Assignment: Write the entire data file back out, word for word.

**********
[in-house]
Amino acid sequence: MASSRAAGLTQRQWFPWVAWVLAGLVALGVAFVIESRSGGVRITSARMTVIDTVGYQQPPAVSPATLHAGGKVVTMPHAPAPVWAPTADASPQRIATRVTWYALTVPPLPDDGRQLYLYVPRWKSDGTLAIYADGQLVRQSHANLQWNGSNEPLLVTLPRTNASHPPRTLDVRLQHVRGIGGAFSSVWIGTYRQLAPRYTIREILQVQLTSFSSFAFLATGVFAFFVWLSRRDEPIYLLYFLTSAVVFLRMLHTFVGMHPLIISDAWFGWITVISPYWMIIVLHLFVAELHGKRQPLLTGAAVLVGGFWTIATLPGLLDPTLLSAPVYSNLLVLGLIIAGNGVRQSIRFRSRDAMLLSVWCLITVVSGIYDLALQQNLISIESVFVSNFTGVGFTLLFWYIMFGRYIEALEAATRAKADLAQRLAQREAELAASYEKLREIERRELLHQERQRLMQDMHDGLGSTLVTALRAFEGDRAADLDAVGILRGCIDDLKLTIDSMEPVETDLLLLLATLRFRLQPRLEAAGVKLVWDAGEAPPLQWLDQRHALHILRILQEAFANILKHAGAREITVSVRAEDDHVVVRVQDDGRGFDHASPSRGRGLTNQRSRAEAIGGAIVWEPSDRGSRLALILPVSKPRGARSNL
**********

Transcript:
[in-house]
Amino acid sequence: MASSRAAGLTQRQWFPWVAWVLAGLVALGVAFVIESRSGGVRITSARMTVIDTVGYQQPPAVSPATLHAGGKVVTMPHAPAPVWAPTADASPQRIATRVTWYALTVPPLPDDGRQLYLYVPRWKSDGTLAIYADGQLVRQSHANLQWNGSNEPLLVTLPRTNASHPPRTLDVRLQHVRGIGGAFSSVWIGTYRQLAPRYTIREILQVQLTSFSSFAFLATGVFAFFVWLSRRDEPIYLLYFLTSAVVFLRMLHTFVGMHPLIISDAWFGWITVISPYWMIIVLHLFVAELHGKRQPLLTGAAVLVGGFWTIATLPGLLDPTLLSAPVYSNLLVLGLIIAGNGVRQSIRFRSRDAMLLSVWCLITVVSGIYDLALQQNLISIESVFVSNFTGVGFTLLFWYIMFGRYIEALEAATRAKADLAQRLAQREAELAASYEKLREIERRELLHQERQRLMQDMHDGLGSTLVTALRAFEGDRAADLDAVGILRGCIDDLKLTIDSMEPVETDLLLLLATLRFRLQPRLEAAGVKLVWDAGEAPPLQWLDQRHALHILRILQEAFANILKHAGAREITVSVRAEDDHVVVRVQDDGRGFDHASPSRGRGLTNQRSRAEAIGGAIVWEPSDRGSRLALILPVSKPRGARSNL